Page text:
Sabrina Bachai: 5 At-Home Treatments For Headaches

The Kosher Gourmet by Daniel Neman Have yourself a matzo ball: The secrets bubby never told you and recipes she could have never imagined

April 8, 2014

Lori Nawyn: At Your Wit's End and Back: Finding Peace

Susan B. Garland and Rachel L. Sheedy: Strategies Married Couples Can Use to Boost Benefits

David Muhlbaum: Smart Tax Deductions Non-Itemizers Can Claim

Jill Weisenberger, M.S., R.D.N., C.D.E : Before You Lose Your Mental Edge

Dana Dovey: Coffee Drinkers Rejoice! Your Cup Of Joe Can Prevent Death From Liver Disease

Chris Weller: Electric 'Thinking Cap' Puts Your Brain Power Into High Gear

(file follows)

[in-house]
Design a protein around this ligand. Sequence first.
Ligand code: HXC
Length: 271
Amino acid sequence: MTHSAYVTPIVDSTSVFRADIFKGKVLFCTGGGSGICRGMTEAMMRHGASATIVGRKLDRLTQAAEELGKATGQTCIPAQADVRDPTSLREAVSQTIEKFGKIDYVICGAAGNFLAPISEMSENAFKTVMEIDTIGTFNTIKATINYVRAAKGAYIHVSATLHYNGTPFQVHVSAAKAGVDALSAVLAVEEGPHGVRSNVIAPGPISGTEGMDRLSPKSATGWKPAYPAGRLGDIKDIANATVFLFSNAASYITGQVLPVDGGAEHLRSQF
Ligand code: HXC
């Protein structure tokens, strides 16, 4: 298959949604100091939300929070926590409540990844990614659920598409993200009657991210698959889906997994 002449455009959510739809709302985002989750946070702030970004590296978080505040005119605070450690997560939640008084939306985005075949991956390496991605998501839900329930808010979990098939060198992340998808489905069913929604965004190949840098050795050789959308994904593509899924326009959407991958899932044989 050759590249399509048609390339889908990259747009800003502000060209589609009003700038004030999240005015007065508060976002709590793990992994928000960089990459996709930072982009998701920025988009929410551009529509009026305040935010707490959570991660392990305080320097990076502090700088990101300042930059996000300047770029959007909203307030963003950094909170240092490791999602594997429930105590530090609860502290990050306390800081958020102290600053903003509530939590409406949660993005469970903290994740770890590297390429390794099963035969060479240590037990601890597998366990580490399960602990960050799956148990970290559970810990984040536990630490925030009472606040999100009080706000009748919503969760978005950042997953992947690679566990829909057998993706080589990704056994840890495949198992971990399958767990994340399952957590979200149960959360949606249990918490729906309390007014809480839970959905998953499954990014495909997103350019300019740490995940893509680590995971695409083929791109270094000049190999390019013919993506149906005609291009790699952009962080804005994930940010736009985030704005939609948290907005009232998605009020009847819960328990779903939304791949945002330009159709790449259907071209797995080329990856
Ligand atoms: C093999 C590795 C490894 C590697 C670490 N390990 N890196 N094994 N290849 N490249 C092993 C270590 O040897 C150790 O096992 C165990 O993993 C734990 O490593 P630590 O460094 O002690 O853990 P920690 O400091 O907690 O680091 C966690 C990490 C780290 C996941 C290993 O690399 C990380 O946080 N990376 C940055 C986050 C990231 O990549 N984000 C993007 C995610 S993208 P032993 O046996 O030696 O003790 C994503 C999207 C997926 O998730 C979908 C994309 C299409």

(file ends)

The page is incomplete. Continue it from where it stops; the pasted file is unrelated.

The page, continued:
The Kosher Gourmet by Marlene Parrish A gift of hazelnuts keeps giving --- for a variety of nutty recipes: Entree, side, soup, dessert

April 4, 2014

Rabbi David Gutterman: The Word for Nothing Means Everything

Charles Krauthammer: Kerry's folly, Chapter 3

Amy Peterson: A life of love: How to build lasting relationships with your children

John Ericson: Older Women: Save Your Heart, Prevent Stroke Don't Drink Diet

John Ericson: Why 50 million Americans will still have spring allergies after taking meds

Cameron Huddleston: Best and Worst Buys of April 2014

Stacy Rapacon: Great Mutual Funds for Young Investors

Sarah Boesveld: Teacher keeps promise to mail thousands of former students letters written by their past selves

The Kosher Gourmet by Sharon Thompson Anyone can make a salad, you say. But can they make a great salad? (SECRETS, TESTED TECHNIQUES + 4 RECIPES, INCLUDING DRESSINGS)